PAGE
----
Many people associate menopause with experiencing symptoms such as hot flashes and night sweats. In fact, these symptoms are most severe in the years leading up to the official onset of menopause. This transition period, also called perimenopause, usually begins sometime in your 30s or 40s and can last for several years.
Even if you have hot flashes and irregular periods, you’re not officially in menopause until you haven’t had a period for at least 12 months. In the United States, the median age at which a woman begins menopause is 51.
“To be menopausal, you must be at least 40 years old,” explains OB-GYN Katie Lessman, MD. “If you don’t have a period before then, your doctor will want to look for another cause.”
Will Menopause Test Kits Tell Me If I’m Menopausal?
Menopause is a clinical diagnosis that your doctor will make based on several factors. A menopause test kit only measures the level of follicle-stimulating hormone in your blood or saliva. Women in their mid-40s have elevated FSH levels. However, this number doesn’t tell you when your period will stop or how long other symptoms will last.
What symptoms can occur during menopause?
As you enter menopause, your ovaries stop ovulating and your estrogen levels fluctuate. These fluctuations in hormone levels are responsible for the symptoms that many women experience at this time.
The signs and symptoms of menopause can vary greatly from person to person. “Typically, one-third of women go into menopause with only mild symptoms or no symptoms at all,” says Dr. lessman “Another third will have troublesome symptoms for a few years. The last third will have symptoms that improve but never go away.”
Common symptoms of menopause are:
- Hot flashes and night sweats: Hot flashes and night sweats, collectively known as vasomotor symptoms, are usually one of the first signs a woman is approaching menopause. As the ovaries begin to work less predictably, estrogen levels rise and fall. The estrogen spikes make the temperature sensor in the brain extra sensitive, causing hot flashes and night sweats
- Sleep disorders: Many women notice changes in the quality of their sleep. Night sweats can wake you up and make it difficult to fall asleep. Even if you don’t suffer from night sweats, the quality of your sleep may not be the same as it was before
- mood swings: The drop in hormone levels makes people more prone to anxiety and depression, just like they do after childbirth
- vaginal dryness: Once your estrogen levels have been low for a while, vaginal dryness and pain during sex become more common
The good news is that many of these symptoms improve or stop altogether once you’ve officially entered menopause. So if you suffer from anxiety and depression, your mood should return to normal. Hot flashes and night sweats are also likely to improve if they don’t stop completely once you hit menopause.
Treatment of menopausal symptoms
Hot flashes and night sweats
“Hormone replacement therapy is the most effective treatment for hot flashes and night sweats. We can expect a 70% to 90% improvement in vasomotor symptoms with estrogen,” says Dr. lessman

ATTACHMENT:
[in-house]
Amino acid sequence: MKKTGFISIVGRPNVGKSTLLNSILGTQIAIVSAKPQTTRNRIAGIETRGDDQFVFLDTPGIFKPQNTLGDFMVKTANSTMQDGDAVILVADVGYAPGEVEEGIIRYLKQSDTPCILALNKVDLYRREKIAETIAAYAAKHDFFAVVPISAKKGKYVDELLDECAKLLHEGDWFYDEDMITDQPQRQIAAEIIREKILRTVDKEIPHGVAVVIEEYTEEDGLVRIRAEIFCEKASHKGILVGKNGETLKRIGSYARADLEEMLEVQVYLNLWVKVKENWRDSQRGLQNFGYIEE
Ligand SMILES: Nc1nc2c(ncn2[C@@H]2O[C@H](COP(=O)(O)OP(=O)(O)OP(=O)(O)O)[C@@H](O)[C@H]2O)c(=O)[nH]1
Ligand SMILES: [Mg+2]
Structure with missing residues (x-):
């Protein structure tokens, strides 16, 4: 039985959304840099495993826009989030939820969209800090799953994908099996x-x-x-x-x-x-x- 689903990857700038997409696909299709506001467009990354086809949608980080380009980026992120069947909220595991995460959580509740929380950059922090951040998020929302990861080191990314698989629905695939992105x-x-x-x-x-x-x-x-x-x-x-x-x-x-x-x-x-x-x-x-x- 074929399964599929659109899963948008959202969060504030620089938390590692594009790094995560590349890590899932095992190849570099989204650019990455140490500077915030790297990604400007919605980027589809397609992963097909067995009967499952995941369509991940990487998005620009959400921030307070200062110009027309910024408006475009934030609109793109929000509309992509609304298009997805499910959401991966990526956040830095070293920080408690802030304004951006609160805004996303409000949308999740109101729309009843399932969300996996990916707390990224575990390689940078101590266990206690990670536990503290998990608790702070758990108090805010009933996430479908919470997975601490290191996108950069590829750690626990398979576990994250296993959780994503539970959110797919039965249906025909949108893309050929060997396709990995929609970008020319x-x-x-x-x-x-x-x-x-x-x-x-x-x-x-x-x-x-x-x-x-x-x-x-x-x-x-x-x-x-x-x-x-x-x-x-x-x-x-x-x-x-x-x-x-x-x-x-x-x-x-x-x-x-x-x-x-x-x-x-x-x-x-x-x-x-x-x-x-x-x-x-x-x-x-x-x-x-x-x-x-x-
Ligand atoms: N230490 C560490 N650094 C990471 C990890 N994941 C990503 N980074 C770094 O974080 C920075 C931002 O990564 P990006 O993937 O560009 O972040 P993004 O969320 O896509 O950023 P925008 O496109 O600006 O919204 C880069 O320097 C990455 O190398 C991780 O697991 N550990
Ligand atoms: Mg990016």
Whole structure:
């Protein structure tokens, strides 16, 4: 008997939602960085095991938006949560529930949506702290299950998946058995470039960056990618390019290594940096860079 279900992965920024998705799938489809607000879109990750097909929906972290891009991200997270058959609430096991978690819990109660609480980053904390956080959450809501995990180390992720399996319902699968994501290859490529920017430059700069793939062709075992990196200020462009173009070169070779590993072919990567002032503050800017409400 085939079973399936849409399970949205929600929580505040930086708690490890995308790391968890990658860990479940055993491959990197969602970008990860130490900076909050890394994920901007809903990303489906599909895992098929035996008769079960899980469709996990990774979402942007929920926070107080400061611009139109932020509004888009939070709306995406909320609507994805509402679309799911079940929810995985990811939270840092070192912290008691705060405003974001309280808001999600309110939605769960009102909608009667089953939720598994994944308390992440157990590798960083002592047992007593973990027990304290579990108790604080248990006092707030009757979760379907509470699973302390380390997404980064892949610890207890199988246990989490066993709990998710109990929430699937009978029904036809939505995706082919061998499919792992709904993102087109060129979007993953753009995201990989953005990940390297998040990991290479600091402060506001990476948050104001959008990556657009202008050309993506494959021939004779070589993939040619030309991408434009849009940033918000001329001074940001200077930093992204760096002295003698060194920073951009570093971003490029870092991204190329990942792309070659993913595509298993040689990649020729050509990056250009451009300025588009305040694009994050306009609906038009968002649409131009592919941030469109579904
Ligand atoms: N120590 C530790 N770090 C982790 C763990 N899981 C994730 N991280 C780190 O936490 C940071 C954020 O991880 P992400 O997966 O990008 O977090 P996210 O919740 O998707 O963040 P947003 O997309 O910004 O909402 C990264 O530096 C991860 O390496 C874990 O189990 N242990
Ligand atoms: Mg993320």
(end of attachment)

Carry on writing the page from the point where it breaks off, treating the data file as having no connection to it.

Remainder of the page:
Do I have to stop HRT after five years? What if I still have hot flashes?
Most often, hot flashes and night sweats either improve dramatically or go away completely within five years after menopause. If symptoms don’t improve after five years, you need to work with your doctor to weigh the risks and benefits of continuing hormone replacement therapy as you age.
“Some risks, such as colon cancer or osteoporosis, continue to decrease with estrogen use,” explains Dr. lessman “Other risks, like breast cancer, will increase over time. Some risks, like heart disease, may improve or worsen with estrogen depending on how and when it’s used.”
Because of these risks, hormone replacement therapy is not recommended to treat other menopausal symptoms, such as mood swings. “When it comes to treating depression and anxiety, HRT is far more dangerous than taking antidepressants,” warns Dr. lessman “Counseling and medication are better treatment options for these types of symptoms.”
Is HRT the only treatment for hot flashes?
In addition to HRT, there are some other treatments that have been shown to improve vasomotor symptoms by 50% to 70%. These include:
- Clonidine: a type of blood pressure medication
- Gabapentin: a drug that affects nerve signals and is used to prevent chronic pain and seizures
- Paroxetine: an antidepressant
Herbal remedies, vitamins, exercise, acupuncture, and reflexology can help you deal with hot flashes and night sweats. Unfortunately, says Dr. Lessman, the evidence shows they don’t make these symptoms less frequent or less intense.
How do I treat vaginal dryness?
“Vaginal estrogen is the most effective treatment for vaginal dryness and painful intercourse,” says Dr. lessman “These can be prescribed as creams, tablets or vaginal rings. There are a few other products on the market that treat the same symptoms. But frankly, they are estrogen inferior.”
Regarding lubes, Dr. Lessman recommends using natural oils like coconut or olive oil instead of synthetic lubes. “Even Crisco is so simple chemically that it can soothe irritated vulva and vaginal skin,” she added. “For some women, a dime-sized lump inserted into the vagina twice a day can replace the need for vaginal estrogen.”
Who should I go to for treatment of menopausal symptoms?
Talk to your GP or OB-GYN. Depending on your symptoms, your doctor may be able to provide treatment or refer you to the appropriate specialist. You can also call 800,922,0000 to make an appointment.